Investigating the surface hydrology of Antarctic ice shelves using remote sensing and machine learning
University of Cambridge
Doctor of Philosophy (PhD)
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Dell, R. (2021). Investigating the surface hydrology of Antarctic ice shelves using remote sensing and machine learning (Doctoral thesis). https://doi.org/10.17863/CAM.77341
Surface meltwater is widespread across many of Antarctica’s ice shelves and can contribute towards ice-shelf instability and potential collapse via hydrofracture or militate against potential ice-shelf instabilities by forming drainage systems that export surface meltwater off the ice-shelf edge. It is crucial, therefore, that water area and volume on Antarctic ice shelves are accurately quantified, and that the ways in which water is stored and transferred across ice-shelf surfaces are understood. This is because the partial or complete removal of ice- shelf areas that actively buttress upstream, grounded ice can lead to increased grounded ice contributions to global mean sea levels. Studying these meltwater systems through fieldwork is time consuming, expensive, and limits the spatial and temporal scale of the study. However, by utilising satellite imagery combined with machine learning methods, vast amounts of data can be processed quickly and cheaply, enabling ice-shelf hydrology to be studied on much greater spatial and temporal scales. This thesis develops novel remote sensing and machine learning methods to identify and track spatial and temporal trends in surface meltwater on Antarctic ice shelves. The first method utilises a normalised difference water index adapted for ice (NDWIice) threshold to track the changing volume and geometry of surface meltwater systems on the Nivlisen Ice Shelf for the 2016/2017 melt season in both Landsat 8 and Sentinel-2 imagery. Results presented for the Nivlisen Ice Shelf show the importance of two linear meltwater systems, which hold 63% of the total meltwater volume at the peak of the melt season. The second method uses machine learning to develop a supervised classifier capable of identifying slush (i.e. saturated firn) and ponded meltwater across all Antarctic ice shelves using Landsat 8 imagery. This classifier is validated by four experts, returning accuracies of 84% for ponded water and 82% for slush, before being applied to the Roi Baudouin Ice Shelf as a case study. Between 2013 and 2020, on average, 64% of the meltwater identified on the Roi Baudouin Ice Shelf is classified as slush. The classifier is then applied across eight Antarctic Peninsula ice shelves for the full Landsat 8 record (2013 to 2021). The resulting dataset revealed high total surface meltwater extents in the 2017/2018 and 2019/2020 melt seasons across much of the west Antarctic Peninsula, and high total surface meltwater extents in 2016/2017 and 2019/2020 across much of the east Antarctic Peninsula. Overall, the methods presented in this thesis provide tools capable of utilising large quantitates of remotely sensed data to accurately map all surface meltwater on Antarctic Ice Shelves. Amongst the results presented, a novel dataset showing the extent of slush across the Antarctic Peninsula shows that a large proportion of the total surface meltwater extent on ice shelves is often occupied by slush. This highlights the need for slush to be considered in future surface mass balance models.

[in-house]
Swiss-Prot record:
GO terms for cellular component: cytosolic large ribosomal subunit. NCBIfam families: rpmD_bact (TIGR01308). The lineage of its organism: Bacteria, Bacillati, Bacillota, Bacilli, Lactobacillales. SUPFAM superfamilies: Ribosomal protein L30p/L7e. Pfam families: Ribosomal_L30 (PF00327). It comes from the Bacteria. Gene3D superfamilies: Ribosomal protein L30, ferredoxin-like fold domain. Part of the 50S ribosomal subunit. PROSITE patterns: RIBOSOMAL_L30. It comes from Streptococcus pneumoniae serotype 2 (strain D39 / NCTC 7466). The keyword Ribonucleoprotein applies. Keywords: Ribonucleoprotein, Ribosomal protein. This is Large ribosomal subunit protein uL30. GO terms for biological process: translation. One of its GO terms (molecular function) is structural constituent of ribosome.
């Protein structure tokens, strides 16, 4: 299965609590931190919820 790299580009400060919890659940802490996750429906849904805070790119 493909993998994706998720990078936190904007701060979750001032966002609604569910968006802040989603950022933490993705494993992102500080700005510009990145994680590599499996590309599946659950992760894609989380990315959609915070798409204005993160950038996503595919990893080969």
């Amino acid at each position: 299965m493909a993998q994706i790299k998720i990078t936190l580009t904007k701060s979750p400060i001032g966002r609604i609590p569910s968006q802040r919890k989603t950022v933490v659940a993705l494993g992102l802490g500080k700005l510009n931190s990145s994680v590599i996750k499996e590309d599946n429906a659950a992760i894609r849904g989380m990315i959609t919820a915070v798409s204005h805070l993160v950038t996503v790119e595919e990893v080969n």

CASE sponsorship from British Antarctic Survey.
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This record's DOI: https://doi.org/10.17863/CAM.77341
Attribution 4.0 International (CC BY 4.0)
Licence URL: https://creativecommons.org/licenses/by/4.0/